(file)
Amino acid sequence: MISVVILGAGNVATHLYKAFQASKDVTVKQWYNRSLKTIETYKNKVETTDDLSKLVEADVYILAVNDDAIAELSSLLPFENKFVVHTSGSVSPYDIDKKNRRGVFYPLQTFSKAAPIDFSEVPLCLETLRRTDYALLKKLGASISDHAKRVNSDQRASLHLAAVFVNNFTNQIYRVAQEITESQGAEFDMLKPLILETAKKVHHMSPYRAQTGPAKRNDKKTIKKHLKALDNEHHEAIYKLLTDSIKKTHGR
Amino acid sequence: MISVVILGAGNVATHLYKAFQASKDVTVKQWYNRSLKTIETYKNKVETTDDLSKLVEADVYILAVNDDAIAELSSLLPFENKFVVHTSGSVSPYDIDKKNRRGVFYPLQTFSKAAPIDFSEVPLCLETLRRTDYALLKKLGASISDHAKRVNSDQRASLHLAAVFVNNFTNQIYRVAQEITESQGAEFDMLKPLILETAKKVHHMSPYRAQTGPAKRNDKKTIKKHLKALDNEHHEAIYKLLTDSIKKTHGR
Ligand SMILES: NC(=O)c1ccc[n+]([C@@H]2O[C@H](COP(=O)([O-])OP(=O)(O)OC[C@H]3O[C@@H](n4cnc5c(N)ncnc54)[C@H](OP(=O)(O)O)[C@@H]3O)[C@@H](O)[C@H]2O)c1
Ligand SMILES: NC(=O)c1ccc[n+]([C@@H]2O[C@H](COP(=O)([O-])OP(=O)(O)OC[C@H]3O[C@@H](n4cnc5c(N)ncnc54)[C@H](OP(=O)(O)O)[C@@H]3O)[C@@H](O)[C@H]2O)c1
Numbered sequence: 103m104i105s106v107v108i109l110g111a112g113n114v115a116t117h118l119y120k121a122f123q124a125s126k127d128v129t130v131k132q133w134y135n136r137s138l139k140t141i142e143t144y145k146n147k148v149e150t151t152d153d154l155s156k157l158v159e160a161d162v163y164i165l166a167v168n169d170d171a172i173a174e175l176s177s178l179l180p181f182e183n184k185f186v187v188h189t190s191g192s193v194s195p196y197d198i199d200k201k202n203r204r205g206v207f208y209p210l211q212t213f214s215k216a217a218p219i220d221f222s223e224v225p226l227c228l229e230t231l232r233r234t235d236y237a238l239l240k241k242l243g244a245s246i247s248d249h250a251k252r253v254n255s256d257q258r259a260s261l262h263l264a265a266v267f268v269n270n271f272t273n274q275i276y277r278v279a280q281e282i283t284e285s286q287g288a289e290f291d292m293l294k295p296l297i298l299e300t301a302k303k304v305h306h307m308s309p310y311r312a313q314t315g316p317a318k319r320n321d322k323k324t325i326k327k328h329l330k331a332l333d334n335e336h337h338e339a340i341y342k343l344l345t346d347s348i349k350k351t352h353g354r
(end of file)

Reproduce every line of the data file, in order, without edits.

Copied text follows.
Amino acid sequence: MISVVILGAGNVATHLYKAFQASKDVTVKQWYNRSLKTIETYKNKVETTDDLSKLVEADVYILAVNDDAIAELSSLLPFENKFVVHTSGSVSPYDIDKKNRRGVFYPLQTFSKAAPIDFSEVPLCLETLRRTDYALLKKLGASISDHAKRVNSDQRASLHLAAVFVNNFTNQIYRVAQEITESQGAEFDMLKPLILETAKKVHHMSPYRAQTGPAKRNDKKTIKKHLKALDNEHHEAIYKLLTDSIKKTHGR
Amino acid sequence: MISVVILGAGNVATHLYKAFQASKDVTVKQWYNRSLKTIETYKNKVETTDDLSKLVEADVYILAVNDDAIAELSSLLPFENKFVVHTSGSVSPYDIDKKNRRGVFYPLQTFSKAAPIDFSEVPLCLETLRRTDYALLKKLGASISDHAKRVNSDQRASLHLAAVFVNNFTNQIYRVAQEITESQGAEFDMLKPLILETAKKVHHMSPYRAQTGPAKRNDKKTIKKHLKALDNEHHEAIYKLLTDSIKKTHGR
Ligand SMILES: NC(=O)c1ccc[n+]([C@@H]2O[C@H](COP(=O)([O-])OP(=O)(O)OC[C@H]3O[C@@H](n4cnc5c(N)ncnc54)[C@H](OP(=O)(O)O)[C@@H]3O)[C@@H](O)[C@H]2O)c1
Ligand SMILES: NC(=O)c1ccc[n+]([C@@H]2O[C@H](COP(=O)([O-])OP(=O)(O)OC[C@H]3O[C@@H](n4cnc5c(N)ncnc54)[C@H](OP(=O)(O)O)[C@@H]3O)[C@@H](O)[C@H]2O)c1
Numbered sequence: 103m104i105s106v107v108i109l110g111a112g113n114v115a116t117h118l119y120k121a122f123q124a125s126k127d128v129t130v131k132q133w134y135n136r137s138l139k140t141i142e143t144y145k146n147k148v149e150t151t152d153d154l155s156k157l158v159e160a161d162v163y164i165l166a167v168n169d170d171a172i173a174e175l176s177s178l179l180p181f182e183n184k185f186v187v188h189t190s191g192s193v194s195p196y197d198i199d200k201k202n203r204r205g206v207f208y209p210l211q212t213f214s215k216a217a218p219i220d221f222s223e224v225p226l227c228l229e230t231l232r233r234t235d236y237a238l239l240k241k242l243g244a245s246i247s248d249h250a251k252r253v254n255s256d257q258r259a260s261l262h263l264a265a266v267f268v269n270n271f272t273n274q275i276y277r278v279a280q281e282i283t284e285s286q287g288a289e290f291d292m293l294k295p296l297i298l299e300t301a302k303k304v305h306h307m308s309p310y311r312a313q314t315g316p317a318k319r320n321d322k323k324t325i326k327k328h329l330k331a332l333d334n335e336h337h338e339a340i341y342k343l344l345t346d347s348i349k350k351t352h353g354r